Federal prosecutors are wrapping up – without going to trial – an investigation of eight people accused of smuggling millions of dollars worth of cigarettes from North Idaho to tribal smoke shops in Western Washington.
A trial date was canceled Friday with guilty pleas from four final defendants, including accused ringleader Louie Mahoney, of Plummer, Idaho.
The latest guilty pleas came eight months after at least three defendants from Western Washington cut plea-bargain deals with federal prosecutors and agreed to testify against Mahoney and other co-conspirators living in North Idaho, court documents reveal.
The smuggling operation between 1999 and May 2003 cost the state of Washington an estimated $56 million in lost taxes, according to Jim McDevitt, the U.S. attorney for the Eastern District of Washington.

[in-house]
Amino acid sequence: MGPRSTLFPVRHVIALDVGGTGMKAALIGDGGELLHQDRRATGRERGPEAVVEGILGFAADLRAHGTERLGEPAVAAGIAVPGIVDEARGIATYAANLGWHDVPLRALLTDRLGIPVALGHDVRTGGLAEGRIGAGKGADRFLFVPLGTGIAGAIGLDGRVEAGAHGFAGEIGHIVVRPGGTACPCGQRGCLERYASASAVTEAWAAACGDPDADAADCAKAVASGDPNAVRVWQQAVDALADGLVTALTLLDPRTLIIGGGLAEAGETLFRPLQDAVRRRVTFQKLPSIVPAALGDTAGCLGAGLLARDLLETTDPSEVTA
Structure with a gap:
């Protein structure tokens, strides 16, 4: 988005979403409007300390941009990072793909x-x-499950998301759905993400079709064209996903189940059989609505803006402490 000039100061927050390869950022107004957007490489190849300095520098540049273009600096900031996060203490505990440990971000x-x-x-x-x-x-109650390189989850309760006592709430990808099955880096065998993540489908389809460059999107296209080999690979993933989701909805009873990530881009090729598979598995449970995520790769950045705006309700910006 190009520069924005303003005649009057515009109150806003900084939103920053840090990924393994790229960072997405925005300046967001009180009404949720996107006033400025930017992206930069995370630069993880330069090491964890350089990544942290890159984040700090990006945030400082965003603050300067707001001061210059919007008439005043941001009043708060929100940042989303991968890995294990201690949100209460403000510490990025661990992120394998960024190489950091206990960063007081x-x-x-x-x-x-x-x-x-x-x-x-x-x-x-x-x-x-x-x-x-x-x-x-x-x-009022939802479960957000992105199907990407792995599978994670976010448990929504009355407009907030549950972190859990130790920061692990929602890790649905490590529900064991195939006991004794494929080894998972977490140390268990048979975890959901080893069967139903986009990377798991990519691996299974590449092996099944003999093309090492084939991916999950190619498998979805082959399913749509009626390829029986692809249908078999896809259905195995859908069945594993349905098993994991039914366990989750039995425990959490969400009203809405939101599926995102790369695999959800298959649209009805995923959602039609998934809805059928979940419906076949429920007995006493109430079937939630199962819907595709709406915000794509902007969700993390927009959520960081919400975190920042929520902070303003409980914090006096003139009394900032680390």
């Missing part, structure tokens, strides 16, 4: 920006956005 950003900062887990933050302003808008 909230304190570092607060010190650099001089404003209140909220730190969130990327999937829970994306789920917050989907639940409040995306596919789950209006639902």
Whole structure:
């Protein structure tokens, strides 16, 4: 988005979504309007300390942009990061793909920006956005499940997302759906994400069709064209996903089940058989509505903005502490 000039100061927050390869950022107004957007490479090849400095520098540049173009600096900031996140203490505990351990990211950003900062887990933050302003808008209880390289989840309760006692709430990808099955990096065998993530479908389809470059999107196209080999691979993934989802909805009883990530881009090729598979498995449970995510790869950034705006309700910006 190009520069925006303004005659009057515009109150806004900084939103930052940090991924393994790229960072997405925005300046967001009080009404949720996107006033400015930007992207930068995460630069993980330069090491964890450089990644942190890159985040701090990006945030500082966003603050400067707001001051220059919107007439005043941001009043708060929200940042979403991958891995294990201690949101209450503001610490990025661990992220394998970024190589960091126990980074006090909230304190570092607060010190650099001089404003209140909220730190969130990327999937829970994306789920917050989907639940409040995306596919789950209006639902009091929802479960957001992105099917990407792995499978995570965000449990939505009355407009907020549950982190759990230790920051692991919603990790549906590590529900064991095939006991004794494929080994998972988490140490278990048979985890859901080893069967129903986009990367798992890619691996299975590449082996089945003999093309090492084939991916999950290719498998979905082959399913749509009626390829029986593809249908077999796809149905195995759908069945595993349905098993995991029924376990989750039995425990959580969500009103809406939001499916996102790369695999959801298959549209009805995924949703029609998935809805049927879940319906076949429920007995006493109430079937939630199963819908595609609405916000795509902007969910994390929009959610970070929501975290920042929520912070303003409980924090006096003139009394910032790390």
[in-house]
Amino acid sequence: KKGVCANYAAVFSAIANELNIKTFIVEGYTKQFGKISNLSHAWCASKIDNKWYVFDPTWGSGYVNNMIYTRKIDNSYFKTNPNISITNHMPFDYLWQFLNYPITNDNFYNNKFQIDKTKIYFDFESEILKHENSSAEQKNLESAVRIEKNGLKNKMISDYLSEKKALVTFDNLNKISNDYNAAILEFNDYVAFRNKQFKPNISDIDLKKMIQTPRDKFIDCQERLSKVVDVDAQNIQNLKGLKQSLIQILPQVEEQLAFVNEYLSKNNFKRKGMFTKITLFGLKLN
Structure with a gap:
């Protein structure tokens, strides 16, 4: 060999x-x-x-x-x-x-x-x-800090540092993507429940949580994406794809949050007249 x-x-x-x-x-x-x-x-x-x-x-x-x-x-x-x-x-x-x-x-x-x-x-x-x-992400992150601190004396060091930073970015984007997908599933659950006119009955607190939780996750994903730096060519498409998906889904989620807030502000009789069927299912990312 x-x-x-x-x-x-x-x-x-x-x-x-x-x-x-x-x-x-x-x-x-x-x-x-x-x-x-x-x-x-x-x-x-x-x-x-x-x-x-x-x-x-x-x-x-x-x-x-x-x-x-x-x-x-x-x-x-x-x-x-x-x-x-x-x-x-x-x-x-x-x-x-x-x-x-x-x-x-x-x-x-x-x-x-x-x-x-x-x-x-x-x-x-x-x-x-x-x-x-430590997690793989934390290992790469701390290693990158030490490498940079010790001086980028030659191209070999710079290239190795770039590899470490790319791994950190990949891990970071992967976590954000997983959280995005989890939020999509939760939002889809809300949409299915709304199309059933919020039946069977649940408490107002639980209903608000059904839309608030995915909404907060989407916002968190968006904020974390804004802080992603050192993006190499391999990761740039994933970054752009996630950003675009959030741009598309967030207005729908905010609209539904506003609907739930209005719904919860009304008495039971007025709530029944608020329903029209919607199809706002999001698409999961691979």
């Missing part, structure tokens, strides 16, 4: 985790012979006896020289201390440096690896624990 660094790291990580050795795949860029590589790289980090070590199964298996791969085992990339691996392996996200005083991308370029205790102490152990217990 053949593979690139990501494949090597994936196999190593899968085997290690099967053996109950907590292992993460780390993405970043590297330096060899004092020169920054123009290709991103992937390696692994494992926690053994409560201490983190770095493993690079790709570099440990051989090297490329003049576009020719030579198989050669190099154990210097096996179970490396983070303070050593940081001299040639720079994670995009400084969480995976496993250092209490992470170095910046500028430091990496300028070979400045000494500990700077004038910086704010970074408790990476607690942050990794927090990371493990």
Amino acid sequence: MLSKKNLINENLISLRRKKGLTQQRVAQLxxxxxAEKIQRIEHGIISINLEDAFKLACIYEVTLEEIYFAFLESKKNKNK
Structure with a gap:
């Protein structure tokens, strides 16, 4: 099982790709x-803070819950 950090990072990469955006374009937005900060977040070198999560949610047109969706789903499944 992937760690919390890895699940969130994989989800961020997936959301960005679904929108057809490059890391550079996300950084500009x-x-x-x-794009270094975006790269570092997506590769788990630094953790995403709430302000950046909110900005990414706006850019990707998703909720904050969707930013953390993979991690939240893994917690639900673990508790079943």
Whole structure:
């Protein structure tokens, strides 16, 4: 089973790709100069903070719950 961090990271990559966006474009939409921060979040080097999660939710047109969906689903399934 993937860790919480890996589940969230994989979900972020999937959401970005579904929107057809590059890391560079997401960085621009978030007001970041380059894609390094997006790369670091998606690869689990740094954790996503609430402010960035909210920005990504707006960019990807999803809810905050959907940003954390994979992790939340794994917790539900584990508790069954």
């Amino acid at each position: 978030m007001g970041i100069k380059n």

As part of the investigation and an earlier companion case involving six other defendants, a special task force seized $5.1 million in cash and more than 200,000 cartons of cigarettes.
Defendants in both cases agreed to forfeit the cash and cigarettes to the federal government as a condition of their plea agreements.
The “central conduit” of the conspiracy, court documents say, was Louie Mahoney, who ran the multimillion-dollar-a-year contraband cigarette trafficking organization from his home in Plummer, on the Coeur d’Alene Indian Reservation.
Mahoney’s criminal enterprise engaged in shipping, transporting, receiving, possessing, selling, distributing and purchasing contraband cigarettes, court documents say.
He and co-conspirators also were involved in laundering the proceeds from the contraband cigarette sales, mail fraud, interstate transportation in aid of racketeering and cigarette record-keeping violations.
Mahoney did not have a Coeur d’Alene tribal license to sell tobacco products, court documents say.
Doing business as JKL Enterprises, Mahoney ordered untaxed cigarettes from wholesale suppliers in Spokane and elsewhere, using two retail stores owned by relatives on the Coeur d’Alene reservations as fronts.